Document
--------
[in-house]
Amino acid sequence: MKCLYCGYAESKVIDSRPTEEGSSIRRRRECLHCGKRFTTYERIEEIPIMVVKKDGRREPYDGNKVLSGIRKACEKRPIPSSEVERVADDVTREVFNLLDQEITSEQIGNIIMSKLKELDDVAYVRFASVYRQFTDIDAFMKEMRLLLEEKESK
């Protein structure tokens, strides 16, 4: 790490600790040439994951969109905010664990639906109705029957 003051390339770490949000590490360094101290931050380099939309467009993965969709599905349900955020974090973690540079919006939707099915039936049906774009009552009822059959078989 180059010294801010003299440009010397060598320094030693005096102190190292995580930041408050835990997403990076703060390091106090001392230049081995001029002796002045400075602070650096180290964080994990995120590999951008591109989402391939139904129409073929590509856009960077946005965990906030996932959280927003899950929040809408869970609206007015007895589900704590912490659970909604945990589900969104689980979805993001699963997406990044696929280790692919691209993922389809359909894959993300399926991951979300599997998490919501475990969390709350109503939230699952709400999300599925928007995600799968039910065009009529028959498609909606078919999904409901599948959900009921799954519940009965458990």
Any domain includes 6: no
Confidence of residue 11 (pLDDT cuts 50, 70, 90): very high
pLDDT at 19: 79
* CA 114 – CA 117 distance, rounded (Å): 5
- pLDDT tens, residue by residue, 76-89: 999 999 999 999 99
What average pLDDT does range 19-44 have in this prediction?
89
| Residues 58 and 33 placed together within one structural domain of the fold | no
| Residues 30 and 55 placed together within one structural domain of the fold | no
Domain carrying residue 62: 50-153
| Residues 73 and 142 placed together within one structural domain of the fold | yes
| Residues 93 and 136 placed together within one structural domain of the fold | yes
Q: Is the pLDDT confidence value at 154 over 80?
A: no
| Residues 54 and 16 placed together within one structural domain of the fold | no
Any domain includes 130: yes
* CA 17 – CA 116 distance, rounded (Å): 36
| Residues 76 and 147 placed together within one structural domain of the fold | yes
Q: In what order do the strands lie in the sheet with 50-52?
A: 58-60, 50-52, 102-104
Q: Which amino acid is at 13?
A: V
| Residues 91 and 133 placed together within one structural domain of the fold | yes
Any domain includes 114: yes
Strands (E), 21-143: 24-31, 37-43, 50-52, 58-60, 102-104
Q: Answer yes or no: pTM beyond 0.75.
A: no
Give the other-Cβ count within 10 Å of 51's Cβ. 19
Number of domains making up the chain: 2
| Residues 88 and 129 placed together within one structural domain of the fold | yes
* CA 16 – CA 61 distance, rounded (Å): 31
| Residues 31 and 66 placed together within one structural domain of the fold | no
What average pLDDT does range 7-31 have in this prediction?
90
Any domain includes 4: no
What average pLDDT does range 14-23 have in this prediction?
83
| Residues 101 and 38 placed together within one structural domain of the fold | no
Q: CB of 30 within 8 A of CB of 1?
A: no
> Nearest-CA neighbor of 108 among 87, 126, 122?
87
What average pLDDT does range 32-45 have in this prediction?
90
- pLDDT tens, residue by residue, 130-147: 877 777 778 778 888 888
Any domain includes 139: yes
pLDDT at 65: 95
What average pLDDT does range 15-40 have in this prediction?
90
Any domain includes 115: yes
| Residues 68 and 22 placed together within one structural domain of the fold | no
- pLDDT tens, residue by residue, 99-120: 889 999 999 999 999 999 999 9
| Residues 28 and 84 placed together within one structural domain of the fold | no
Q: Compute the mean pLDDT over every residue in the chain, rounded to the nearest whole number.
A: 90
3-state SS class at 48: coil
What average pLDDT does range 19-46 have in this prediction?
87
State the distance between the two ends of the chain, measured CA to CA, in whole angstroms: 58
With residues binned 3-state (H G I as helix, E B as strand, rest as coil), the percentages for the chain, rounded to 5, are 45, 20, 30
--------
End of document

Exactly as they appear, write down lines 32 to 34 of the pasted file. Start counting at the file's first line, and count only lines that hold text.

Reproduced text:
Number of domains making up the chain: 2
| Residues 88 and 129 placed together within one structural domain of the fold | yes
* CA 16 – CA 61 distance, rounded (Å): 31